I am writing this post while in Vermont, but you are probably reading this post when I am in Miami. This is because things are crazy again.
I have been doing a lot of speaking over the past year. I have been, obviously, speaking to groups about Modern Persuasion. I had a virtual book club meeting with a club in Tennessee about a week ago. I am going to be speaking to a group of people in Miami on Sunday. This is not the only speaking I have been doing. I have been speaking about libraries, Wikipedia, and Bullet Journaling recently. After every event and session, I always get someone who tells me that I’m such a good speaker. Yes, I have put just as much time and effort into becoming a good speaker as I have put in to becoming a good writer. I am always looking to improve my skills too. What have I done? Well, let me share my journey with you because the speaking and writing development have followed similar paths.
Most of this started in Middle school when I was in a magnet program in Miami that had me focused on speaking and writing skills, but it was in 2004, as an adult, that I found my way to the two programs that would shape my life right now: National Novel Writing Month and Toastmasters International. Today, I am going to tell you about Toastmasters and why it made me a better speaker.
To be clear, I love talking and I love talking in front of people. If you have met me and don’t realize that then that’s probably because I am new to a situation and learning the rules. Most people join Toastmasters to get over their fear of public speaking. Not me, I went because I struggled to focus as a speaker. Yes, public speaking requires focus and knowing your message. Why am I so good at speaking: because I am happy to talk and I know what I want to say. I don’t memorize a speech, I know what to say because I know my topic. I could be in a classroom talking about doing research, standing in front of 100 people talking about Wikipedia, or before a group of 10 women who just read my book. It doesn’t matter, I speak what I know and I spend a lot of time finessing the speech. It means that no two events are the same, even if I am speaking about the same topic. I know about how long it will take me to give a specific speech or workshop. I know what I can cut out to make it shorter and what I can add to make it longer.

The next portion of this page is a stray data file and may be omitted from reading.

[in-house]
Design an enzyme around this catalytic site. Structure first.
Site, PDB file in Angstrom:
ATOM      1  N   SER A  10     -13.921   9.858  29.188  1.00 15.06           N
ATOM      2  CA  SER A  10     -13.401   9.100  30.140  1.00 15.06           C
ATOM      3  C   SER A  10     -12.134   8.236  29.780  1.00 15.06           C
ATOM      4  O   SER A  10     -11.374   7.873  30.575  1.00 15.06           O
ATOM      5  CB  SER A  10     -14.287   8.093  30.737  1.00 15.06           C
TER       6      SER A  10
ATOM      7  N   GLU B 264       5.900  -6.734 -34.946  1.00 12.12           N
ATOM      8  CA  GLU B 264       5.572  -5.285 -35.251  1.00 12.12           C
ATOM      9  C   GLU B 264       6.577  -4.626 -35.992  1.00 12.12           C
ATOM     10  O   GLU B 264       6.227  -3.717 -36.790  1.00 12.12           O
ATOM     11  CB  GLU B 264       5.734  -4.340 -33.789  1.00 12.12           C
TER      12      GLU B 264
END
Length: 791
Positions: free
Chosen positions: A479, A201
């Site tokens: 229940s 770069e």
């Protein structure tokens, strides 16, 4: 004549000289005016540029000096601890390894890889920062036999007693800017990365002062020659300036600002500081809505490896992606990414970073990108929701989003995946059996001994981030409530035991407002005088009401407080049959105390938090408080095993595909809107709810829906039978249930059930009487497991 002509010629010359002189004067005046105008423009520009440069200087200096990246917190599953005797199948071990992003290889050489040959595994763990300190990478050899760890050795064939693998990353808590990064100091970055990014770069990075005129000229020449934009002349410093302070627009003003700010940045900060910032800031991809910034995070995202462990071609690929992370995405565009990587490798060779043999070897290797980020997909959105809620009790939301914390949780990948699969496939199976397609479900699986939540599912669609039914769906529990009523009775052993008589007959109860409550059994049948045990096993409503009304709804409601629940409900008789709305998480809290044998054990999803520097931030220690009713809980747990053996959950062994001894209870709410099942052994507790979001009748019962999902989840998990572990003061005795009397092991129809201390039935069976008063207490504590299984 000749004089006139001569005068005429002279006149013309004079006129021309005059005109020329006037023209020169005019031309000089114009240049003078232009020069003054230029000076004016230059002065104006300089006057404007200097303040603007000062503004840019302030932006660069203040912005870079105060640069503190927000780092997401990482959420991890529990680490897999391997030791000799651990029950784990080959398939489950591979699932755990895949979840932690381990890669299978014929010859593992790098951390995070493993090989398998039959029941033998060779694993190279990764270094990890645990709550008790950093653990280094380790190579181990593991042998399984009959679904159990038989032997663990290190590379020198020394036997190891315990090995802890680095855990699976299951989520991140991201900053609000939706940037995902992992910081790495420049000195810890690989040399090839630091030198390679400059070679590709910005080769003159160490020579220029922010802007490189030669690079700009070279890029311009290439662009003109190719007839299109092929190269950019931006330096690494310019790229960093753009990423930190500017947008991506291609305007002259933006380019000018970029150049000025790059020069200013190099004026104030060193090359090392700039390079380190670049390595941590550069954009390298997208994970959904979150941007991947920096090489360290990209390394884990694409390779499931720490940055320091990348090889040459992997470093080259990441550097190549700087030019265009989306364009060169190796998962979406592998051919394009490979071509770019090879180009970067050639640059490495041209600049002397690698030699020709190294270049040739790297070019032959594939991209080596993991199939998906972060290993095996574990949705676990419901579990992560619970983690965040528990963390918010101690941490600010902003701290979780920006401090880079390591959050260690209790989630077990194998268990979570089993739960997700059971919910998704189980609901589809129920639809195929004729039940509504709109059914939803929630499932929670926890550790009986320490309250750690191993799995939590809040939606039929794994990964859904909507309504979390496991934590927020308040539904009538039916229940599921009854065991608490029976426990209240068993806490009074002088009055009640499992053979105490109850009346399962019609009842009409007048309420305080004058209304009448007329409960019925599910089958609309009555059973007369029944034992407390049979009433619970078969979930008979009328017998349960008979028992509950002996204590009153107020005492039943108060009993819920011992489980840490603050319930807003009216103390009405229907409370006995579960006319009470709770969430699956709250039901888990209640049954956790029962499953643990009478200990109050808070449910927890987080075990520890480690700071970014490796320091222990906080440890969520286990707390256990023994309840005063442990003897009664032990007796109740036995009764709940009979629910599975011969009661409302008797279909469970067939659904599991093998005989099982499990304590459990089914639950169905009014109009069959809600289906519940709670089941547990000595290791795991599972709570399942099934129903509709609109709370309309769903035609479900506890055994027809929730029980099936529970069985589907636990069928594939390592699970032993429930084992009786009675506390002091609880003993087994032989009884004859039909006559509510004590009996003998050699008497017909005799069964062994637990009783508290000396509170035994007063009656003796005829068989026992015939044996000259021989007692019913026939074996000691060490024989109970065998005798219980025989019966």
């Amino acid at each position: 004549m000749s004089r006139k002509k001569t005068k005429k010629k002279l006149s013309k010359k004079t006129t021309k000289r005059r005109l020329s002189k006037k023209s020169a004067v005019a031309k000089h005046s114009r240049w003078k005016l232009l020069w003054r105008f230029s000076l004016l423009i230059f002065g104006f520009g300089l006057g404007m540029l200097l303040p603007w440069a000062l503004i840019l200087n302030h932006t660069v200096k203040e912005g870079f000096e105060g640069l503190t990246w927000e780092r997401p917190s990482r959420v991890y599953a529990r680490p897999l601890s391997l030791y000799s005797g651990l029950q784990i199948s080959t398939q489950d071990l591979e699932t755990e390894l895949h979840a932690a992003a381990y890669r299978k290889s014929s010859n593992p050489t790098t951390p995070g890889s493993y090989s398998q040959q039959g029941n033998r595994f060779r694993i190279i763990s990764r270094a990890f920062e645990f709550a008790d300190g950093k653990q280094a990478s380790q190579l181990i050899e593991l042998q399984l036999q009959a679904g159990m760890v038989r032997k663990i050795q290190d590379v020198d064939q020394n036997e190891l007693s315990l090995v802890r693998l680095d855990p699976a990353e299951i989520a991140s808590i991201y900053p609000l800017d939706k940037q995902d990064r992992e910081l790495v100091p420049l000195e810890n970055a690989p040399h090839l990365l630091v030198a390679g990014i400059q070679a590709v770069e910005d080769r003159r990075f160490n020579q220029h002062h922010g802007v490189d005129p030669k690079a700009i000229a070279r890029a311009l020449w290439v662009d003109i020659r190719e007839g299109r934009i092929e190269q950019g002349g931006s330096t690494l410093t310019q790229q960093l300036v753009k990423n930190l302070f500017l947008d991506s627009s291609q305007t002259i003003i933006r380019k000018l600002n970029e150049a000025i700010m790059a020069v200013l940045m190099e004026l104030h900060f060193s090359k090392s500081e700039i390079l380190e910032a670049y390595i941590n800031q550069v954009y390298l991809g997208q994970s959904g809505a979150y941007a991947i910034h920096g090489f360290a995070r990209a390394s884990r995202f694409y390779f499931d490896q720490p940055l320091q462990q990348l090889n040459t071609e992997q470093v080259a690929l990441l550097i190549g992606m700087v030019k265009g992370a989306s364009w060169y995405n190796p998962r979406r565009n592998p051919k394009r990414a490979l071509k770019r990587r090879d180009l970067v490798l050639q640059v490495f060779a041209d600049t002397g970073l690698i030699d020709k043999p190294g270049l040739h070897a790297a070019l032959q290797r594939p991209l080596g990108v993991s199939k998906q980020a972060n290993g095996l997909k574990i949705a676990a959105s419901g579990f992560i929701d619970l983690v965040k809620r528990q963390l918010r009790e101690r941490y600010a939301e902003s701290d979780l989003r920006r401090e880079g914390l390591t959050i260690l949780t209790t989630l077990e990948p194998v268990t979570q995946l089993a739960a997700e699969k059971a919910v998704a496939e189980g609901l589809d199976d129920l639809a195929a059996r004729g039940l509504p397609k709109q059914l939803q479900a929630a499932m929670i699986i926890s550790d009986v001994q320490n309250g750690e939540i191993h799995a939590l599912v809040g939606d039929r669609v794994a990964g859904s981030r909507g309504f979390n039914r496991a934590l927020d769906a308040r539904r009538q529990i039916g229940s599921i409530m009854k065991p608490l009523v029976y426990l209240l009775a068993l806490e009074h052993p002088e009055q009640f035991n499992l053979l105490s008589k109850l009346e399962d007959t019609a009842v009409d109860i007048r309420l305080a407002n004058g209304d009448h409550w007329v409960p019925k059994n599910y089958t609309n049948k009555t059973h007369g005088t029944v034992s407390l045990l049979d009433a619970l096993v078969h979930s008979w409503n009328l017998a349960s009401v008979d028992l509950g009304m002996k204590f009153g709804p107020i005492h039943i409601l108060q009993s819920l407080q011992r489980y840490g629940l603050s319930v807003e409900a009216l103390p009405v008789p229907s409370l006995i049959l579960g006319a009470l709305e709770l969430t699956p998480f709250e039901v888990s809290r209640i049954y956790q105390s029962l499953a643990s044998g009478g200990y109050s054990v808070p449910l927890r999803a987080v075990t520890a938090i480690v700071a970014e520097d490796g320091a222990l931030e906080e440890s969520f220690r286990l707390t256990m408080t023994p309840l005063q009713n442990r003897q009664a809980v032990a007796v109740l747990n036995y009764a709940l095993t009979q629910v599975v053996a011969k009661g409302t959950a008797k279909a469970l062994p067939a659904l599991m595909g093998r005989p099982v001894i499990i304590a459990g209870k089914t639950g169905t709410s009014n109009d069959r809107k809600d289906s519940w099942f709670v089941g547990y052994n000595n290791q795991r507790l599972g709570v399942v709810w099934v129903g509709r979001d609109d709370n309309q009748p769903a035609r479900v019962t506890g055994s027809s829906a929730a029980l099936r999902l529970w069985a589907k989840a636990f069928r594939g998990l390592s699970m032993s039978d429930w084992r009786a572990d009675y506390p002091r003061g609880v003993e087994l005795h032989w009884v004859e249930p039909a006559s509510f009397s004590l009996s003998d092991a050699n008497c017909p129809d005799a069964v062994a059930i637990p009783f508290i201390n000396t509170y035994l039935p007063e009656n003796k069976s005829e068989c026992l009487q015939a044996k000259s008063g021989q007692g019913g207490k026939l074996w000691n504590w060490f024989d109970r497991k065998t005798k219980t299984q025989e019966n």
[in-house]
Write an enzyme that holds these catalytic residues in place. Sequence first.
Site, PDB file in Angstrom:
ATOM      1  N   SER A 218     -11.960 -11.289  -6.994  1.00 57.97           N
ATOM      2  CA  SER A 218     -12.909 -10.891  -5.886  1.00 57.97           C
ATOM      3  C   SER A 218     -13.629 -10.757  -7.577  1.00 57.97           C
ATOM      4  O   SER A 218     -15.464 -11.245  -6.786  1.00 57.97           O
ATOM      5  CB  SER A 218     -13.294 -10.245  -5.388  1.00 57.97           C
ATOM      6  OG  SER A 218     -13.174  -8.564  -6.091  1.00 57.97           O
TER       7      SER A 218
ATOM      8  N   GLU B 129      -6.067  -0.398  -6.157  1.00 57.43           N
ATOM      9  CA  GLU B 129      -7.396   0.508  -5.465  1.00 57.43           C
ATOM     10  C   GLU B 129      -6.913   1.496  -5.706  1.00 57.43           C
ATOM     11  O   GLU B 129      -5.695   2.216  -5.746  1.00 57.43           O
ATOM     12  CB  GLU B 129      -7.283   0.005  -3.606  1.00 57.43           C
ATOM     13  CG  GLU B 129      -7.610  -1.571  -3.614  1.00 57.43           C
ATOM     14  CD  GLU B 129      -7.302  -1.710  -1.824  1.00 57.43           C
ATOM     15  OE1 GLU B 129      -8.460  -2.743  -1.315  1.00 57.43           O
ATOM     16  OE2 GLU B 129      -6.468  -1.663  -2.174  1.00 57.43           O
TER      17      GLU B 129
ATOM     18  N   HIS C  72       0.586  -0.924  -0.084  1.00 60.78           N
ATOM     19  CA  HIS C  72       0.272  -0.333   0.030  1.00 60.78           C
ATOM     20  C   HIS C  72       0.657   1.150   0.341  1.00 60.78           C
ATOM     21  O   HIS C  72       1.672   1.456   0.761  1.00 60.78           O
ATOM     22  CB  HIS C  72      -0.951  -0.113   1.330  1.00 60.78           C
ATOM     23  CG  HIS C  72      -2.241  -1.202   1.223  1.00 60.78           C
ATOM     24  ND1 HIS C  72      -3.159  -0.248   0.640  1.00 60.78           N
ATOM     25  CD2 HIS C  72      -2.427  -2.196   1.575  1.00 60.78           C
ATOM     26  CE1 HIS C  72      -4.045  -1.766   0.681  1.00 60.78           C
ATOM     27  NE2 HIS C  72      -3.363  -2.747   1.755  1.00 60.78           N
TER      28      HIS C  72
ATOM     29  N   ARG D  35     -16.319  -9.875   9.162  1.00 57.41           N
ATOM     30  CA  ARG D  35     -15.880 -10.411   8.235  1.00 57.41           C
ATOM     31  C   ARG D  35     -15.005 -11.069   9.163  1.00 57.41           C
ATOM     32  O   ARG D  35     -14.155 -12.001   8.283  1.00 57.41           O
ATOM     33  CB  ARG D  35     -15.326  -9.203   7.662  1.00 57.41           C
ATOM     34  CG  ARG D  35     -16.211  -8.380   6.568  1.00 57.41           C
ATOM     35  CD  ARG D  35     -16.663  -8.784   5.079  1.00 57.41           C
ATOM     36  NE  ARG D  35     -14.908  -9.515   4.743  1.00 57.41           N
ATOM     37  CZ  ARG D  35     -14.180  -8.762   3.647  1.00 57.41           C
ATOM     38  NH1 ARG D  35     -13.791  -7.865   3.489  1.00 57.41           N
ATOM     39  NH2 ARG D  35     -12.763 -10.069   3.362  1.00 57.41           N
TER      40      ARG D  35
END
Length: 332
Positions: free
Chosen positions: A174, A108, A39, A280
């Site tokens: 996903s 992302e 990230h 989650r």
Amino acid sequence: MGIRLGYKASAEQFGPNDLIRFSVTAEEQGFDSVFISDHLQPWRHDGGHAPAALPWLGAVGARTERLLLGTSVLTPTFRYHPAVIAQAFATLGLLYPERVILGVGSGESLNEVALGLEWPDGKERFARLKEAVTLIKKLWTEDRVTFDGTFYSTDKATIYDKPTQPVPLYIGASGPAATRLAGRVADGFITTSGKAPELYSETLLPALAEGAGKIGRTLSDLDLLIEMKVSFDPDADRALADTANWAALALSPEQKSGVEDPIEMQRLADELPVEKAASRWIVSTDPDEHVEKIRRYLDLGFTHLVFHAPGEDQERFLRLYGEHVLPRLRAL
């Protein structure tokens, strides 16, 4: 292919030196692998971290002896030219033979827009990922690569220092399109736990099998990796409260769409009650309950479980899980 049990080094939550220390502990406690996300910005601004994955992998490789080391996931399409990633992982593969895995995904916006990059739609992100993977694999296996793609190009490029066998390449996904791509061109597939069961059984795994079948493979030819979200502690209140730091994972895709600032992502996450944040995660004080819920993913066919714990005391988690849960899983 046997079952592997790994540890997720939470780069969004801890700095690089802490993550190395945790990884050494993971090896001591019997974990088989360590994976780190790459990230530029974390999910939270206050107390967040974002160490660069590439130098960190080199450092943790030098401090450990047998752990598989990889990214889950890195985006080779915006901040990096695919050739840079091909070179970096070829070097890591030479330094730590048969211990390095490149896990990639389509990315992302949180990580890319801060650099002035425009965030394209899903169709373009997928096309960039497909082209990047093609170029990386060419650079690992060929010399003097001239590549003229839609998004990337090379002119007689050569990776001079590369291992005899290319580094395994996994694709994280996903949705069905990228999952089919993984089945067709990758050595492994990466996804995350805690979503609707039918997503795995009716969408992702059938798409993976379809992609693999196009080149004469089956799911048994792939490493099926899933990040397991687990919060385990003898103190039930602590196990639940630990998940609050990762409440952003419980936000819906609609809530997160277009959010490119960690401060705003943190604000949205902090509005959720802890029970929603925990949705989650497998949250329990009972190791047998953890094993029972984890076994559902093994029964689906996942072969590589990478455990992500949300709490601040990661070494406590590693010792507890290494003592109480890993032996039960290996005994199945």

These are the things that Toastmasters taught me. I quickly made my way through their basic program. It was 10 skill building speeches, designed for novice and nervous speakers. My problem was focus for all of them. I could talk forever, but limit me to 5-7 minutes? I couldn’t do it and I always ran over my allotted time. Then I learned more about organizing, much like organizing your writing. With 5-7 minutes, you can make 2-3 short points about your topic. So, if I can share only 2 brief things, what do I want to say? After a few years, I could do it. Even today, I can do a lightning talk on a topic. I can even answer questions on the fly with little prep.
Why? Because Toastmasters taught me.
I obviously can share more. I have always loved sharing Toastmasters. If you see me speak and I seem pretty good at it, you know why. If I don’t seem pretty good at it, then I didn’t prepare correctly or don’t know the topic well enough. In the comments, tell me if you are interested in learning more about Toastmasters and what I learned in the program.